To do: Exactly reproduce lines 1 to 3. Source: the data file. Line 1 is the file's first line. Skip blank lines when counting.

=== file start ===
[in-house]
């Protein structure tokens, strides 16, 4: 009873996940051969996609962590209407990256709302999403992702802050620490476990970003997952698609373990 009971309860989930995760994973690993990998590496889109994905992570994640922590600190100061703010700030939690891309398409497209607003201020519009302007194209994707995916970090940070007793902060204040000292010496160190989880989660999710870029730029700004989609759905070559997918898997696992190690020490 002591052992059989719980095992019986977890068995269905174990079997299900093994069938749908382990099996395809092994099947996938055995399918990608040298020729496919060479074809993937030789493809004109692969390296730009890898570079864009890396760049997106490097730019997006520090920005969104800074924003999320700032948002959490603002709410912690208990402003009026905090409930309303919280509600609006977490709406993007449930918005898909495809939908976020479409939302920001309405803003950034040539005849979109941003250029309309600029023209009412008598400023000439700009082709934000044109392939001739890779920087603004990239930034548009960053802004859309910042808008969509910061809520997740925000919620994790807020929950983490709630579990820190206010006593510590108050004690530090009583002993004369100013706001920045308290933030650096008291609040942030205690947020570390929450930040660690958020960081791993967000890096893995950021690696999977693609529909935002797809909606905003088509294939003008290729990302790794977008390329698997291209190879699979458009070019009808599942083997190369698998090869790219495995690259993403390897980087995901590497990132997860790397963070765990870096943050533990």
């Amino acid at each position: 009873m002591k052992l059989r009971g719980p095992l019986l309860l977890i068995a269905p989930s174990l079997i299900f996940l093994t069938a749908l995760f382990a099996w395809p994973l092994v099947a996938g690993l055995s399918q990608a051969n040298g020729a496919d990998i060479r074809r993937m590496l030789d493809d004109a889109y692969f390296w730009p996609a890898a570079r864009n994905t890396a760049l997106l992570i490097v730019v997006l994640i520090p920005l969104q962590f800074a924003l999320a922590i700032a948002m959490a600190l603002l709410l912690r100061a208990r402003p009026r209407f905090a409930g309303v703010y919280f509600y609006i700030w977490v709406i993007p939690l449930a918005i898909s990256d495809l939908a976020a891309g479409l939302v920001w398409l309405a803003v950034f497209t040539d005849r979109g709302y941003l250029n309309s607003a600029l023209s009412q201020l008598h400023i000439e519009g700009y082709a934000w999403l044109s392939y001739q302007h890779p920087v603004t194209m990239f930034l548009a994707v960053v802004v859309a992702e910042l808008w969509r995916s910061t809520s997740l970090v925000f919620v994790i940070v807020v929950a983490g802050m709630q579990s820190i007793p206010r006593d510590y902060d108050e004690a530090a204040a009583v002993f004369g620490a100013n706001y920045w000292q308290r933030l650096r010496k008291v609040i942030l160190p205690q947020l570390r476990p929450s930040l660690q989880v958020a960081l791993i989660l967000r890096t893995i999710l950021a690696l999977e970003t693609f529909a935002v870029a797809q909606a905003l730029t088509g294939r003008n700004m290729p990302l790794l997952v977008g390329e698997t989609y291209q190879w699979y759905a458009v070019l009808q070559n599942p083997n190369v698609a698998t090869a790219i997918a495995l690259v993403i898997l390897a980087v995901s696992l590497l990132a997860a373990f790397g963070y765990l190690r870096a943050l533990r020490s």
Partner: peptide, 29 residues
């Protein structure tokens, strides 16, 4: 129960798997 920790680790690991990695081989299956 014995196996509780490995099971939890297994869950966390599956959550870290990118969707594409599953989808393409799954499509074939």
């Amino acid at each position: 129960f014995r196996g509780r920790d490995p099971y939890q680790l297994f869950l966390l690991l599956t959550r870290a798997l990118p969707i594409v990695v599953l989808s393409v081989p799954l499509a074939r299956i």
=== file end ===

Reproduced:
[in-house]
């Protein structure tokens, strides 16, 4: 009873996940051969996609962590209407990256709302999403992702802050620490476990970003997952698609373990 009971309860989930995760994973690993990998590496889109994905992570994640922590600190100061703010700030939690891309398409497209607003201020519009302007194209994707995916970090940070007793902060204040000292010496160190989880989660999710870029730029700004989609759905070559997918898997696992190690020490 002591052992059989719980095992019986977890068995269905174990079997299900093994069938749908382990099996395809092994099947996938055995399918990608040298020729496919060479074809993937030789493809004109692969390296730009890898570079864009890396760049997106490097730019997006520090920005969104800074924003999320700032948002959490603002709410912690208990402003009026905090409930309303919280509600609006977490709406993007449930918005898909495809939908976020479409939302920001309405803003950034040539005849979109941003250029309309600029023209009412008598400023000439700009082709934000044109392939001739890779920087603004990239930034548009960053802004859309910042808008969509910061809520997740925000919620994790807020929950983490709630579990820190206010006593510590108050004690530090009583002993004369100013706001920045308290933030650096008291609040942030205690947020570390929450930040660690958020960081791993967000890096893995950021690696999977693609529909935002797809909606905003088509294939003008290729990302790794977008390329698997291209190879699979458009070019009808599942083997190369698998090869790219495995690259993403390897980087995901590497990132997860790397963070765990870096943050533990």
């Amino acid at each position: 009873m002591k052992l059989r009971g719980p095992l019986l309860l977890i068995a269905p989930s174990l079997i299900f996940l093994t069938a749908l995760f382990a099996w395809p994973l092994v099947a996938g690993l055995s399918q990608a051969n040298g020729a496919d990998i060479r074809r993937m590496l030789d493809d004109a889109y692969f390296w730009p996609a890898a570079r864009n994905t890396a760049l997106l992570i490097v730019v997006l994640i520090p920005l969104q962590f800074a924003l999320a922590i700032a948002m959490a600190l603002l709410l912690r100061a208990r402003p009026r209407f905090a409930g309303v703010y919280f509600y609006i700030w977490v709406i993007p939690l449930a918005i898909s990256d495809l939908a976020a891309g479409l939302v920001w398409l309405a803003v950034f497209t040539d005849r979109g709302y941003l250029n309309s607003a600029l023209s009412q201020l008598h400023i000439e519009g700009y082709a934000w999403l044109s392939y001739q302007h890779p920087v603004t194209m990239f930034l548009a994707v960053v802004v859309a992702e910042l808008w969509r995916s910061t809520s997740l970090v925000f919620v994790i940070v807020v929950a983490g802050m709630q579990s820190i007793p206010r006593d510590y902060d108050e004690a530090a204040a009583v002993f004369g620490a100013n706001y920045w000292q308290r933030l650096r010496k008291v609040i942030l160190p205690q947020l570390r476990p929450s930040l660690q989880v958020a960081l791993i989660l967000r890096t893995i999710l950021a690696l999977e970003t693609f529909a935002v870029a797809q909606a905003l730029t088509g294939r003008n700004m290729p990302l790794l997952v977008g390329e698997t989609y291209q190879w699979y759905a458009v070019l009808q070559n599942p083997n190369v698609a698998t090869a790219i997918a495995l690259v993403i898997l390897a980087v995901s696992l590497l990132a997860a373990f790397g963070y765990l190690r870096a943050l533990r020490s």